As more retailers fill store shelves with cannabidiol (CBD) products, researchers are urging caution. Marketing is outpacing the evidence, and collectively we would benefit from taking a few steps back to understand what’s real and what’s not concerning the latest health panacea.
A new research review in Mayo Clinic Proceedings takes on the task of separating clinical substance from inflated claims about hemp-derived CBD oils, and offers suggestions for both consumers and health professionals on how to navigate ahead.
Yes some of the research shows promise, but…
Hardly a month passes without new studies pointing to the promise of CBD to treat sleep disorders, anxiety and chronic pain (among the most common claims). Some of these are small pre-clinical trials, others are more impressive clinical studies, and together their results suggest that CBD isn’t a baseless fad.
But, as the authors of the new research review point out, there’s been few worthwhile human studies on the safety and efficacy of CBD products. Clinicians don’t yet have the information they need to make solid recommendations to their patients. At the same time, CBD marketing is exploding with largely unsubstantiated claims circulating for everything from lotions to sprays to capsules.
“There are many intriguing findings in pre-clinical studies that suggest CBD and hemp oil have anti-inflammatory effects and may be helpful with improving sleep and anxiety,” says Brent Bauer, M.D., an internist and director of research for the Mayo Clinic Integrative Medicine program. “But trials in humans are still limited, so it is too early to be definitive about efficacy and safety.”
The researchers note that to-date no rigorous safety studies have been conducted on the heavily marketed “full spectrum” CBD oils that contain other compounds from the hemp plant in addition to CBD. And while the findings aren’t conclusive, concerns about possible liver injury associated with some CBD products merit more investigation.
And remember, CBD products do not have to undergo approval before being sold.
The legislative door that opened last year allowing hemp products to enter a less perilous legal arena—the bipartisan Farm Bill—doesn’t mandate that these products undergo clinical evaluations before going to market. Rather, it simply allows hemp products containing less than 0.3% THC (the psychoactive compound in cannabis) to enjoy legal protection under the new law.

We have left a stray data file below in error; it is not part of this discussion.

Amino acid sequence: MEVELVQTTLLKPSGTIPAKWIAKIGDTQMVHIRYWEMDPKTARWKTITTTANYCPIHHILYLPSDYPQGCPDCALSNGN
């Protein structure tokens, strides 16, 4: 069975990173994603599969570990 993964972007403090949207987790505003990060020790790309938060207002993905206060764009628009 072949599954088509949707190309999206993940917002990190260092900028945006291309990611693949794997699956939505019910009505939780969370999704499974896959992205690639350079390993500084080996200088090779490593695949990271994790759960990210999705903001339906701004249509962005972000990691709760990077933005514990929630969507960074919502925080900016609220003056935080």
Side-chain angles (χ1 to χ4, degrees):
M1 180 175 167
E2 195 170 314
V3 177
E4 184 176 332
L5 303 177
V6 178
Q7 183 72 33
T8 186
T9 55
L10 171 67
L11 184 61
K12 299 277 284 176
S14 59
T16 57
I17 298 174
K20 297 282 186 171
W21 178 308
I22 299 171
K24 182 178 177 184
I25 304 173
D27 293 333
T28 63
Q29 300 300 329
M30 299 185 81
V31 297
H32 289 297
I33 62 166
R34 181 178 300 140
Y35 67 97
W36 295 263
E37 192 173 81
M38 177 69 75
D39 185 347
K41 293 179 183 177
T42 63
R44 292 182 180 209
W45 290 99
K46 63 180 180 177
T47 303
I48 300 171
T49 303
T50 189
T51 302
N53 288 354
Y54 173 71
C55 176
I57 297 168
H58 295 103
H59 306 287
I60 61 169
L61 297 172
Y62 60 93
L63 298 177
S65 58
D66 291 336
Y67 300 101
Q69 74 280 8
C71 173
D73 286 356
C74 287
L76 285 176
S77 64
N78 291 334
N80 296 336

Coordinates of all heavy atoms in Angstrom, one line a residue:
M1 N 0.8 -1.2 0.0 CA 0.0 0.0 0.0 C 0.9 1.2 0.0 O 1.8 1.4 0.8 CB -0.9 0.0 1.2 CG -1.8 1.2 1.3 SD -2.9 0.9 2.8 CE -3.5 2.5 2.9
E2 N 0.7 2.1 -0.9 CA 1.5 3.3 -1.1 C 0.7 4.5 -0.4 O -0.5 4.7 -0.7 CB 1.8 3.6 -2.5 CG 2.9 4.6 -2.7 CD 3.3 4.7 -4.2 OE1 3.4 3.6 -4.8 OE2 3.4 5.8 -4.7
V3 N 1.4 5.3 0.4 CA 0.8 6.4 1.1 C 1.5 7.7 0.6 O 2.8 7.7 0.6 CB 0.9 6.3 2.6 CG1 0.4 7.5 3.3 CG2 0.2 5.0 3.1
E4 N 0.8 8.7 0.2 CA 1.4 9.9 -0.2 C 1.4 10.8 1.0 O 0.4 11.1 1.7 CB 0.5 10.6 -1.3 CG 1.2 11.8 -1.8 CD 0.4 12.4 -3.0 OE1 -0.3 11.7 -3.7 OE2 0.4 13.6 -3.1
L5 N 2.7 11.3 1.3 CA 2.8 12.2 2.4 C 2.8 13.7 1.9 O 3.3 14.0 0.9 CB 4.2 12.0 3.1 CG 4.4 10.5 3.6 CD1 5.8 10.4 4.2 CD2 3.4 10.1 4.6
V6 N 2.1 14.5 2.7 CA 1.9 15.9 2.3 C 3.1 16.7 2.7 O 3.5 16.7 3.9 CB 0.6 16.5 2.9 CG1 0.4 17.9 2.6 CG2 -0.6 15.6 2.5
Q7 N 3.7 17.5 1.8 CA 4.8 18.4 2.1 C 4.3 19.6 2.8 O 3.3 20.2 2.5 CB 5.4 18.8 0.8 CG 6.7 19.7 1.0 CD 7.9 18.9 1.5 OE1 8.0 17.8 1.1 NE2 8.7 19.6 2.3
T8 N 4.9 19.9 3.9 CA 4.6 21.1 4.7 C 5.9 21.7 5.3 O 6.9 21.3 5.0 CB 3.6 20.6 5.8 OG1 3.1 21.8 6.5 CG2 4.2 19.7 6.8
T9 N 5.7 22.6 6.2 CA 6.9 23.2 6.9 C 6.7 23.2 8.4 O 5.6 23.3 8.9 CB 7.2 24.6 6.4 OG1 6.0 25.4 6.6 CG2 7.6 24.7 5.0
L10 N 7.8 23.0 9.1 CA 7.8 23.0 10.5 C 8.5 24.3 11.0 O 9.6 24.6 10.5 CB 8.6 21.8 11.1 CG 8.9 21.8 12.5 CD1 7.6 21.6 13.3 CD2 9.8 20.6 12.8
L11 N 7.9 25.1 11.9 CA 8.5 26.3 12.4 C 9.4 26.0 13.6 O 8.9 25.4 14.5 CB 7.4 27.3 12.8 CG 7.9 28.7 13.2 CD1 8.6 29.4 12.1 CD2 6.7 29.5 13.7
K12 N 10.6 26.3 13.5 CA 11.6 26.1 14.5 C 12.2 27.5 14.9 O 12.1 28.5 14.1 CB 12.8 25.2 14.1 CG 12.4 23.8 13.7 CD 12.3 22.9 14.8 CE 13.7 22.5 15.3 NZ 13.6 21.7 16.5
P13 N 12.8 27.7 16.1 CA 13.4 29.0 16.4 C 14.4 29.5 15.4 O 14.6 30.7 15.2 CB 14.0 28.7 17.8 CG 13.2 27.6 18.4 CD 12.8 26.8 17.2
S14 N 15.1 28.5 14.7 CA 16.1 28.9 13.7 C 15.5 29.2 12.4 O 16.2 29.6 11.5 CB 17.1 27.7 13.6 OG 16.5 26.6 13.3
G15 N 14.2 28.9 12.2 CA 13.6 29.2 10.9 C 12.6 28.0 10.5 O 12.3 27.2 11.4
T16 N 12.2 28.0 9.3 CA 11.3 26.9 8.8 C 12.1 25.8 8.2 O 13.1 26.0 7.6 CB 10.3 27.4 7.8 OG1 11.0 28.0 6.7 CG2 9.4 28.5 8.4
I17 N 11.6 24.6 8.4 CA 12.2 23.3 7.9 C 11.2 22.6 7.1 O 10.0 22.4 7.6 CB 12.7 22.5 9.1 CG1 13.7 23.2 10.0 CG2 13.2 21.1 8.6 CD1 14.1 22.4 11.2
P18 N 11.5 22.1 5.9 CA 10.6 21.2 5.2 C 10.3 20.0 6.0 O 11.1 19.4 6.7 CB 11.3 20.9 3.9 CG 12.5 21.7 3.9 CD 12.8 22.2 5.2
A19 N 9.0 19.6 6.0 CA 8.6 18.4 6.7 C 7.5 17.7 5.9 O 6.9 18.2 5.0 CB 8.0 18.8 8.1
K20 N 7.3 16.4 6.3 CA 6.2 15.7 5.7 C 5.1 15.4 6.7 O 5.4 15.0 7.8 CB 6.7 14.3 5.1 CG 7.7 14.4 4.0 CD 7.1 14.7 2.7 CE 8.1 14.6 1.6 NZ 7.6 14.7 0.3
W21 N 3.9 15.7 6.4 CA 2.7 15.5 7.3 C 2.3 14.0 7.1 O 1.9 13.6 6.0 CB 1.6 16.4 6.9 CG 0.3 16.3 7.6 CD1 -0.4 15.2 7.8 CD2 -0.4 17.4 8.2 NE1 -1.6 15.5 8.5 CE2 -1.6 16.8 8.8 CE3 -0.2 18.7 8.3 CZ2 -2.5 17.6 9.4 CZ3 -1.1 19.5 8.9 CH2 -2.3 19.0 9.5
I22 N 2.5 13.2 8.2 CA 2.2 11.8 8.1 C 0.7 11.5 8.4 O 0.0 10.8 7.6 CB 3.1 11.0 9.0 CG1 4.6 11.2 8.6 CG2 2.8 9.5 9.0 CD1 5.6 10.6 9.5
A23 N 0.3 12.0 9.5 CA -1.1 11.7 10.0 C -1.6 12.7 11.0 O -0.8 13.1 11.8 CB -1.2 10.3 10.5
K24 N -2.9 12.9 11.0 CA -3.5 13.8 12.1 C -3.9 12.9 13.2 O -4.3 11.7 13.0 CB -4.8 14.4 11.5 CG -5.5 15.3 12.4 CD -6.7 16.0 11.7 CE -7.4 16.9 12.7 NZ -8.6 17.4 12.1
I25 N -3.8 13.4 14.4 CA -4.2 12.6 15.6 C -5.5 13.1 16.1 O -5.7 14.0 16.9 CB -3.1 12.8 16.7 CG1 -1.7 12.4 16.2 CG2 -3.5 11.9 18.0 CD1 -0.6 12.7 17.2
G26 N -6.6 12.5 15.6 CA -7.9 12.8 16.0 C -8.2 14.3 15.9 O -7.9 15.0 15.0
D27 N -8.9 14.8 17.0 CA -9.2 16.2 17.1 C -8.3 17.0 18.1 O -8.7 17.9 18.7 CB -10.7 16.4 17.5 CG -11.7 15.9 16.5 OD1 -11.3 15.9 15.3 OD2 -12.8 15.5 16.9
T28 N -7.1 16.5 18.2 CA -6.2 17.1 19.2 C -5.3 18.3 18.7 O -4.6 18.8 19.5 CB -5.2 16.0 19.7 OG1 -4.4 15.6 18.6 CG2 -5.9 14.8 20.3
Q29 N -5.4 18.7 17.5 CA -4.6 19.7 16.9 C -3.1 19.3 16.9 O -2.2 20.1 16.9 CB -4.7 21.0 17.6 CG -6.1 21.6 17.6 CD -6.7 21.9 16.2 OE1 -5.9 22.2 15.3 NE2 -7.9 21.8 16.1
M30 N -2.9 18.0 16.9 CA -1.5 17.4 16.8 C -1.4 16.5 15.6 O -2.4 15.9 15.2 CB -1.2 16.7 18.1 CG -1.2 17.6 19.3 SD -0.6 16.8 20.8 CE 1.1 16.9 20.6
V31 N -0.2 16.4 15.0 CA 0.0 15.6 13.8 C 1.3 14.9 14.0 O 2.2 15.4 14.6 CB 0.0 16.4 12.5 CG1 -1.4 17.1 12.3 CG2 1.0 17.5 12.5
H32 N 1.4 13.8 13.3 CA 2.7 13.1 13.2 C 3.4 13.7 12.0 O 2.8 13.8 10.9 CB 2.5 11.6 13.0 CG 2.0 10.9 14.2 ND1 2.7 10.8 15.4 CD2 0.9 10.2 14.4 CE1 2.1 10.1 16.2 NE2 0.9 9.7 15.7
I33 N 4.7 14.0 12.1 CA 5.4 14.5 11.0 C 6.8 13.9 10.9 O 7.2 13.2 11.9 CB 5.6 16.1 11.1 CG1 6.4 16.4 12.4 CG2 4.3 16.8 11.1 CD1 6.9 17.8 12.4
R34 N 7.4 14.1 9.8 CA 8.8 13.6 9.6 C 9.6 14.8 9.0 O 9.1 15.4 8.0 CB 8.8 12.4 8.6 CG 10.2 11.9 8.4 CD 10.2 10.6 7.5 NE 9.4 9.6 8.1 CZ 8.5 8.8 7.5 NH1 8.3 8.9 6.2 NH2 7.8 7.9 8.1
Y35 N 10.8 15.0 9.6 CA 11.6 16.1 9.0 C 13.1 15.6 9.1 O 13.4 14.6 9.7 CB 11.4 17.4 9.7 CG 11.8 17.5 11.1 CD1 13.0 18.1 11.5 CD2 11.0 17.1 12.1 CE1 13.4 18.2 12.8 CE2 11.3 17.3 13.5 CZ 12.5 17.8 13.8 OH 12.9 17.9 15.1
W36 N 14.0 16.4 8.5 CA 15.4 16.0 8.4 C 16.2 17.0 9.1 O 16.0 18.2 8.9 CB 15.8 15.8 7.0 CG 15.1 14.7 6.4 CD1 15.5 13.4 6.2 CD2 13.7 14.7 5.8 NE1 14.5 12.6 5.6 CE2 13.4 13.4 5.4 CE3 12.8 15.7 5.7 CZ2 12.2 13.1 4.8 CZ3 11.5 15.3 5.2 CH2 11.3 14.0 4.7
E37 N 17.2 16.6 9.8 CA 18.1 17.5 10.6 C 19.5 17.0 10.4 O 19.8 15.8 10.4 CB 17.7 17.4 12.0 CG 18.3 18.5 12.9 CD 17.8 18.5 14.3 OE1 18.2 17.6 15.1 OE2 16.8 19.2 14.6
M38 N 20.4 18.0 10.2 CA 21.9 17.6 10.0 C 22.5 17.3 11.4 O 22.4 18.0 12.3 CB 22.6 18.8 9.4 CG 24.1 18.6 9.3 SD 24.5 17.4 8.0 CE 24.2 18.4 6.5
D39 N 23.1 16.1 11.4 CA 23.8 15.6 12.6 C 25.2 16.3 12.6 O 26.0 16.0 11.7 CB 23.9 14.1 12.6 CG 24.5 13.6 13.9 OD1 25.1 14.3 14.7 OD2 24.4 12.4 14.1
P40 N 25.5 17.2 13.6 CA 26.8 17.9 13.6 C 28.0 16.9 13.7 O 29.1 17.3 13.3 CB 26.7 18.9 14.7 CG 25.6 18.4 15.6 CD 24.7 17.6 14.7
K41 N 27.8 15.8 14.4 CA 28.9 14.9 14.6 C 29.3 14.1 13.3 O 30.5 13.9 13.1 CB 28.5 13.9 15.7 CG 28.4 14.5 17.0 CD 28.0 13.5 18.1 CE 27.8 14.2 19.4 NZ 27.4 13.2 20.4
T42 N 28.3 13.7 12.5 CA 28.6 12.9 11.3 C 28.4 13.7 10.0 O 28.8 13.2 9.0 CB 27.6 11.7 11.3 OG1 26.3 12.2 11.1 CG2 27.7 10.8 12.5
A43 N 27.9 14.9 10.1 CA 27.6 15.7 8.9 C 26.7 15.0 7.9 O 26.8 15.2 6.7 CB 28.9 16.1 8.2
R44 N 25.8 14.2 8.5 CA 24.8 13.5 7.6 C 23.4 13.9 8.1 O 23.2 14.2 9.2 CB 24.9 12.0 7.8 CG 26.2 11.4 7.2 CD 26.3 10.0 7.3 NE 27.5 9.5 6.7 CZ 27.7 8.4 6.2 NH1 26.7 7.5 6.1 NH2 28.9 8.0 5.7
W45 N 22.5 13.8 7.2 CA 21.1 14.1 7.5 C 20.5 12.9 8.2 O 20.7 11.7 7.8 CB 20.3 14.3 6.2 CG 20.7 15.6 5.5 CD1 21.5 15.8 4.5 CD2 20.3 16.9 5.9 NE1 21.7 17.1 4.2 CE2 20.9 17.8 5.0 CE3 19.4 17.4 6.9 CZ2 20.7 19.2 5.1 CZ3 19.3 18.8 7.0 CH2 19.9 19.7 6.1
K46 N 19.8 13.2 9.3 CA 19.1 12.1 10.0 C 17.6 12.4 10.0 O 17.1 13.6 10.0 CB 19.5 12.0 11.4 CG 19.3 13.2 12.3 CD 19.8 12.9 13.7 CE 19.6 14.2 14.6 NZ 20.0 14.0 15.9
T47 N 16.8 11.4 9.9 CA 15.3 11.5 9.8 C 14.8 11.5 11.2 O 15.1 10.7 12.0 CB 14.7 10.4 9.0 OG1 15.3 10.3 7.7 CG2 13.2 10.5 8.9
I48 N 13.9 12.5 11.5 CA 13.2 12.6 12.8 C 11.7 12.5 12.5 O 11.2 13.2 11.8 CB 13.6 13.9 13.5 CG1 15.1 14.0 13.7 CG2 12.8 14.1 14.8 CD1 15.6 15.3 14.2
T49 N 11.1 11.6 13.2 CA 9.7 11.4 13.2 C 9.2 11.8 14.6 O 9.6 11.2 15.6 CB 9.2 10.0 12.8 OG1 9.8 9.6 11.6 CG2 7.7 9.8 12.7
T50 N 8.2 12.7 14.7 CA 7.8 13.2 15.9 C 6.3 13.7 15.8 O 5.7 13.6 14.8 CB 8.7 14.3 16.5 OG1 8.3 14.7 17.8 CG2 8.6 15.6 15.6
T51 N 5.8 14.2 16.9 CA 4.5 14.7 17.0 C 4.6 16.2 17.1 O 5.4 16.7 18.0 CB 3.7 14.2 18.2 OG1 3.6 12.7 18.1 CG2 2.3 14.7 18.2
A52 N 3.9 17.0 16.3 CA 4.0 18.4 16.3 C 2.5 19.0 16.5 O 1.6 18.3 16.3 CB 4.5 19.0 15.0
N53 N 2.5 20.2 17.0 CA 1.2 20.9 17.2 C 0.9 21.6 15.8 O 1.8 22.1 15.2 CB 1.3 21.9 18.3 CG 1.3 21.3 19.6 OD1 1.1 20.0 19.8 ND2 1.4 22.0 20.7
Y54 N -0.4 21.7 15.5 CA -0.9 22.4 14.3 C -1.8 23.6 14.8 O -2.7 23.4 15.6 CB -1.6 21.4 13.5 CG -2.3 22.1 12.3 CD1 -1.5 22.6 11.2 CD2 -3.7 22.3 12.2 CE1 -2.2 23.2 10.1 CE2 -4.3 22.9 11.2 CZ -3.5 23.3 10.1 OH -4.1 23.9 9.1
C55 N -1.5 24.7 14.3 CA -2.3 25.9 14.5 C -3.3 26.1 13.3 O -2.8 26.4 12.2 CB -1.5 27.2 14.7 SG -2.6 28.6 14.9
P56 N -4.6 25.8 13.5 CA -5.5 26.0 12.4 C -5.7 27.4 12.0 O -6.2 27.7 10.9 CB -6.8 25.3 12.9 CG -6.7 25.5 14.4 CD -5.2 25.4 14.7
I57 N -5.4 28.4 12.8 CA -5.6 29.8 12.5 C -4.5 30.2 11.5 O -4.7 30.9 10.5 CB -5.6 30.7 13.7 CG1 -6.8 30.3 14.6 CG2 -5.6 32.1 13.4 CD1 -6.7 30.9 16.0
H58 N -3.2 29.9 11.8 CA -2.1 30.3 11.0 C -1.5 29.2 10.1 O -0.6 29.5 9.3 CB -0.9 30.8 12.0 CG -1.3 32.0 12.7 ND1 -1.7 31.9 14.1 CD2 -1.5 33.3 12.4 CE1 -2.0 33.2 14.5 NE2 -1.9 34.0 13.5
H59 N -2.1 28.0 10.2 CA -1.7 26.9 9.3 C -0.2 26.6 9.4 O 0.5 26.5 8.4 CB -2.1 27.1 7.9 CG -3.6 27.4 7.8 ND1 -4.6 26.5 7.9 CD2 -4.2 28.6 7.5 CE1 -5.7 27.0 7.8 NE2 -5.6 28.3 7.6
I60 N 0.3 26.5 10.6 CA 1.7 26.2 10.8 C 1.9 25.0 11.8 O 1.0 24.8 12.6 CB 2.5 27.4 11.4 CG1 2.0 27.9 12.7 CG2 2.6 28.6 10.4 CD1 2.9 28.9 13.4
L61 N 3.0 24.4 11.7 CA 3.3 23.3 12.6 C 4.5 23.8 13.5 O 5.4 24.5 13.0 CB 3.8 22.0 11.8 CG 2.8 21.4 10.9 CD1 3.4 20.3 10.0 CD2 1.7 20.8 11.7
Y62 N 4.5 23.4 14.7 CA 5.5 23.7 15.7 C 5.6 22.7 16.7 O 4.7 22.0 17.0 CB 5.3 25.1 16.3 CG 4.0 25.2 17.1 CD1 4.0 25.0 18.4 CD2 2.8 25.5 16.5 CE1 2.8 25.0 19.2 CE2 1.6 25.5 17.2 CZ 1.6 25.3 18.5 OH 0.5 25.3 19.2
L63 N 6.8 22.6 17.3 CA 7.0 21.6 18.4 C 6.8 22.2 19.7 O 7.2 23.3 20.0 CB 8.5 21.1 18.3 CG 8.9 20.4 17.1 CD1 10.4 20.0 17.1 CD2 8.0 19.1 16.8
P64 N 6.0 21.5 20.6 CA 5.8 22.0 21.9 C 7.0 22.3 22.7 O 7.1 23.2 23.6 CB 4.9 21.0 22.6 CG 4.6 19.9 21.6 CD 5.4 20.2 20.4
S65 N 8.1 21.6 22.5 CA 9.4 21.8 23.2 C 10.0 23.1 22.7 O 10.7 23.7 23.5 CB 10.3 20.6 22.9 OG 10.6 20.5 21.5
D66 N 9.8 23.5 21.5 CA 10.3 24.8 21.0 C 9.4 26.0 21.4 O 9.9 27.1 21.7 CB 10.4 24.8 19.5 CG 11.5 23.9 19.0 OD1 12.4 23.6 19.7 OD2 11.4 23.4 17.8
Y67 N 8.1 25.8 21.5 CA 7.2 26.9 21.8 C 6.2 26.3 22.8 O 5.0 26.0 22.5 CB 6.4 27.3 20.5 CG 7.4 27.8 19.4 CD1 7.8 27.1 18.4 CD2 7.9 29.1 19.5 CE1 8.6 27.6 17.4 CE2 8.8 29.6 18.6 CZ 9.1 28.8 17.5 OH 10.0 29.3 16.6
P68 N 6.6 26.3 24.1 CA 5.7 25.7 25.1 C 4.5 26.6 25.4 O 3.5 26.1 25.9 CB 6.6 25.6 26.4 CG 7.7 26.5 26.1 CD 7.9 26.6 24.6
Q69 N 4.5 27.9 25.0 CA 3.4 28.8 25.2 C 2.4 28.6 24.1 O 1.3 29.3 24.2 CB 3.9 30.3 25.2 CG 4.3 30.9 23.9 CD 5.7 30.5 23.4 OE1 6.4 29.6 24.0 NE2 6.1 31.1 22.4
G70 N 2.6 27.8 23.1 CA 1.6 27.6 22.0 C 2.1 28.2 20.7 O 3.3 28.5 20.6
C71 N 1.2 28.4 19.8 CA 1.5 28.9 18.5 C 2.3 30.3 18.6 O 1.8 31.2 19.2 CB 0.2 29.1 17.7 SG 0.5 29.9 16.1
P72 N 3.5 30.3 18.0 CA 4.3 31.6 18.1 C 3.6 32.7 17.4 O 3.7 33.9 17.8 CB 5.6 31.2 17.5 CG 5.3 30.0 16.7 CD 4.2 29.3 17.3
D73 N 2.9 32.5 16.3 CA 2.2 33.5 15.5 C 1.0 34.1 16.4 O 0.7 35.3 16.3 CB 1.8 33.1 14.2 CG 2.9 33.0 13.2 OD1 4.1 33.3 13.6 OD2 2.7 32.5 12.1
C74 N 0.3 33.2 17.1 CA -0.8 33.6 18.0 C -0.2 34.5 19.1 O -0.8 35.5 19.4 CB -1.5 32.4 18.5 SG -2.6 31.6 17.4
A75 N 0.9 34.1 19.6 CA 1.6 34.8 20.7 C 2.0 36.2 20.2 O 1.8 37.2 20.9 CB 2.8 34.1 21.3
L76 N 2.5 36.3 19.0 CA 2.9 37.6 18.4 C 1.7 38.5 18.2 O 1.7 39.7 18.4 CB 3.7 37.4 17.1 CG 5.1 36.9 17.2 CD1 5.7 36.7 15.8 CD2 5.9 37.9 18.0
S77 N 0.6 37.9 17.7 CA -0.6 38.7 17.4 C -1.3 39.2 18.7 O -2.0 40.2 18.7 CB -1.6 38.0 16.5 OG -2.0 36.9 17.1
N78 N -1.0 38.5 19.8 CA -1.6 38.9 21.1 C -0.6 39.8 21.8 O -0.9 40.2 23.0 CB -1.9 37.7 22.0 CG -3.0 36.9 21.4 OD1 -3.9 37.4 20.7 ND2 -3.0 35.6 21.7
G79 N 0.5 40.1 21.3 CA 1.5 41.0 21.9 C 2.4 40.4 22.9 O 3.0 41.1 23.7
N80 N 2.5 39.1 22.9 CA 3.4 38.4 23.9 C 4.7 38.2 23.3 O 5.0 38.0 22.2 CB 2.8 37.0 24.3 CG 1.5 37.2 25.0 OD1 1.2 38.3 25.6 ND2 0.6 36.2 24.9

Only one CBD product has earned Food and Drug Administration (FDA) approval so far, and that was for a very specific purpose.
“Other than Epidiolex, a purified form of plant-derived CBD, which was approved in 2018 for treatment of severe forms of epilepsy, all other forms of CBD are not approved by the FDA, but are sold in a variety of formulations, including oral or topical oils, creams, sprays and tablets,” said study co-author Karen Mauck, M.D., an internist at Mayo Clinic. “They contain variable amounts of CBD, may contain other active compounds, and may have labeling inaccuracies.”
In other words, buyer beware. We’re in something of a Wild West moment right now and there’s little certainty about any given claim for any number of products.
In summary, let’s get some perspective.
There’s big money behind CBD and much more coming. We’ve only seen the start of what’s rapidly evolving into a $20 billion market. Consumers need to keep in mind the massive incentive to rush products to eager buyers, and think more critically about product claims. At the same time, healthcare professionals have to get up to speed, and fast.
“Physicians need to become better informed about these products, and it’s important that human trials examine issues of efficacy and safety,” added Dr. Bauer.
The research review appears in the September edition of Mayo Clinic Proceedings.
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